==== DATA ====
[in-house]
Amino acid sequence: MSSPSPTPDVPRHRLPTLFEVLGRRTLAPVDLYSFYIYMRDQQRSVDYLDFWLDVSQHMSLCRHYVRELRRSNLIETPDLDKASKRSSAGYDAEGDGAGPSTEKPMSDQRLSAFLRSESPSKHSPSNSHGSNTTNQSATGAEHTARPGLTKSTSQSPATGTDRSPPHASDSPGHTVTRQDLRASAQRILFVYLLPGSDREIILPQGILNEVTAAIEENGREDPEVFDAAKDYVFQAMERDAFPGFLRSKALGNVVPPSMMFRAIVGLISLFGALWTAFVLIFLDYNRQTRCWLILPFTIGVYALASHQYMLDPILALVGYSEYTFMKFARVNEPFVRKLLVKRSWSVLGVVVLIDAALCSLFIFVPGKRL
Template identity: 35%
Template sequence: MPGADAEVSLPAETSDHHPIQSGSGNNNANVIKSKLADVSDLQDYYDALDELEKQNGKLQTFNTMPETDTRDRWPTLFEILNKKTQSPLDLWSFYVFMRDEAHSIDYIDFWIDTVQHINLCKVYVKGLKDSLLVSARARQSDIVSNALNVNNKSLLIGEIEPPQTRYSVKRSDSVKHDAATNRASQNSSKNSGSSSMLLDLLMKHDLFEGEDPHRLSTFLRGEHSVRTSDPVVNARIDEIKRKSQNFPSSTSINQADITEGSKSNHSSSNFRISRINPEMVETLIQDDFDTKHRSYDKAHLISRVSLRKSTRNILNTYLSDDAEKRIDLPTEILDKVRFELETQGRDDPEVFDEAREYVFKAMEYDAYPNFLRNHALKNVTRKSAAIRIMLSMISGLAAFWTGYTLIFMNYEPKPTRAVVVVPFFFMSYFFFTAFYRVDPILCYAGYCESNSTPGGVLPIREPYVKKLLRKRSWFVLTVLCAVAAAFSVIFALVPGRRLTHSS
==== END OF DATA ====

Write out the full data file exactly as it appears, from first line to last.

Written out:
[in-house]
Amino acid sequence: MSSPSPTPDVPRHRLPTLFEVLGRRTLAPVDLYSFYIYMRDQQRSVDYLDFWLDVSQHMSLCRHYVRELRRSNLIETPDLDKASKRSSAGYDAEGDGAGPSTEKPMSDQRLSAFLRSESPSKHSPSNSHGSNTTNQSATGAEHTARPGLTKSTSQSPATGTDRSPPHASDSPGHTVTRQDLRASAQRILFVYLLPGSDREIILPQGILNEVTAAIEENGREDPEVFDAAKDYVFQAMERDAFPGFLRSKALGNVVPPSMMFRAIVGLISLFGALWTAFVLIFLDYNRQTRCWLILPFTIGVYALASHQYMLDPILALVGYSEYTFMKFARVNEPFVRKLLVKRSWSVLGVVVLIDAALCSLFIFVPGKRL
Template identity: 35%
Template sequence: MPGADAEVSLPAETSDHHPIQSGSGNNNANVIKSKLADVSDLQDYYDALDELEKQNGKLQTFNTMPETDTRDRWPTLFEILNKKTQSPLDLWSFYVFMRDEAHSIDYIDFWIDTVQHINLCKVYVKGLKDSLLVSARARQSDIVSNALNVNNKSLLIGEIEPPQTRYSVKRSDSVKHDAATNRASQNSSKNSGSSSMLLDLLMKHDLFEGEDPHRLSTFLRGEHSVRTSDPVVNARIDEIKRKSQNFPSSTSINQADITEGSKSNHSSSNFRISRINPEMVETLIQDDFDTKHRSYDKAHLISRVSLRKSTRNILNTYLSDDAEKRIDLPTEILDKVRFELETQGRDDPEVFDEAREYVFKAMEYDAYPNFLRNHALKNVTRKSAAIRIMLSMISGLAAFWTGYTLIFMNYEPKPTRAVVVVPFFFMSYFFFTAFYRVDPILCYAGYCESNSTPGGVLPIREPYVKKLLRKRSWFVLTVLCAVAAAFSVIFALVPGRRLTHSS